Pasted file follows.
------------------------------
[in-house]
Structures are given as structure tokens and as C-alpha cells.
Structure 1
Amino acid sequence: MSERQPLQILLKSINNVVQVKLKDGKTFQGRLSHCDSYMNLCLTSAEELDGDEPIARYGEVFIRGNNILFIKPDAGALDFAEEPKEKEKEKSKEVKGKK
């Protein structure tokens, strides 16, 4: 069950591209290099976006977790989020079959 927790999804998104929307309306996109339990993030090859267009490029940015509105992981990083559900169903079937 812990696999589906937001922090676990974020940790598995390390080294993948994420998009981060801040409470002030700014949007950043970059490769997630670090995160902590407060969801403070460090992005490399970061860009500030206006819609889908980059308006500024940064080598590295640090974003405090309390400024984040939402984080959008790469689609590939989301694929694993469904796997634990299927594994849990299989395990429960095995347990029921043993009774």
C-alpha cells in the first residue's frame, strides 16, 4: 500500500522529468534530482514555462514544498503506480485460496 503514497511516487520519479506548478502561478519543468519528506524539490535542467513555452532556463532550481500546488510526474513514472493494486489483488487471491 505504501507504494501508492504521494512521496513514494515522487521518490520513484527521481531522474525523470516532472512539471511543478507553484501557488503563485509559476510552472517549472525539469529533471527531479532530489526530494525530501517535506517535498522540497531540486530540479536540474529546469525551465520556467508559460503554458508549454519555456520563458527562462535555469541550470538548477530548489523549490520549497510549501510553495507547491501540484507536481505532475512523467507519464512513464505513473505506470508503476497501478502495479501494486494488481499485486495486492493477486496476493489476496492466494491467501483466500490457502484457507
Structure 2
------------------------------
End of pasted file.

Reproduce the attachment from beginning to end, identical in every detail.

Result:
[in-house]
Structures are given as structure tokens and as C-alpha cells.
Structure 1
Amino acid sequence: MSERQPLQILLKSINNVVQVKLKDGKTFQGRLSHCDSYMNLCLTSAEELDGDEPIARYGEVFIRGNNILFIKPDAGALDFAEEPKEKEKEKSKEVKGKK
């Protein structure tokens, strides 16, 4: 069950591209290099976006977790989020079959 927790999804998104929307309306996109339990993030090859267009490029940015509105992981990083559900169903079937 812990696999589906937001922090676990974020940790598995390390080294993948994420998009981060801040409470002030700014949007950043970059490769997630670090995160902590407060969801403070460090992005490399970061860009500030206006819609889908980059308006500024940064080598590295640090974003405090309390400024984040939402984080959008790469689609590939989301694929694993469904796997634990299927594994849990299989395990429960095995347990029921043993009774």
C-alpha cells in the first residue's frame, strides 16, 4: 500500500522529468534530482514555462514544498503506480485460496 503514497511516487520519479506548478502561478519543468519528506524539490535542467513555452532556463532550481500546488510526474513514472493494486489483488487471491 505504501507504494501508492504521494512521496513514494515522487521518490520513484527521481531522474525523470516532472512539471511543478507553484501557488503563485509559476510552472517549472525539469529533471527531479532530489526530494525530501517535506517535498522540497531540486530540479536540474529546469525551465520556467508559460503554458508549454519555456520563458527562462535555469541550470538548477530548489523549490520549497510549501510553495507547491501540484507536481505532475512523467507519464512513464505513473505506470508503476497501478502495479501494486494488481499485486495486492493477486496476493489476496492466494491467501483466500490457502484457507
Structure 2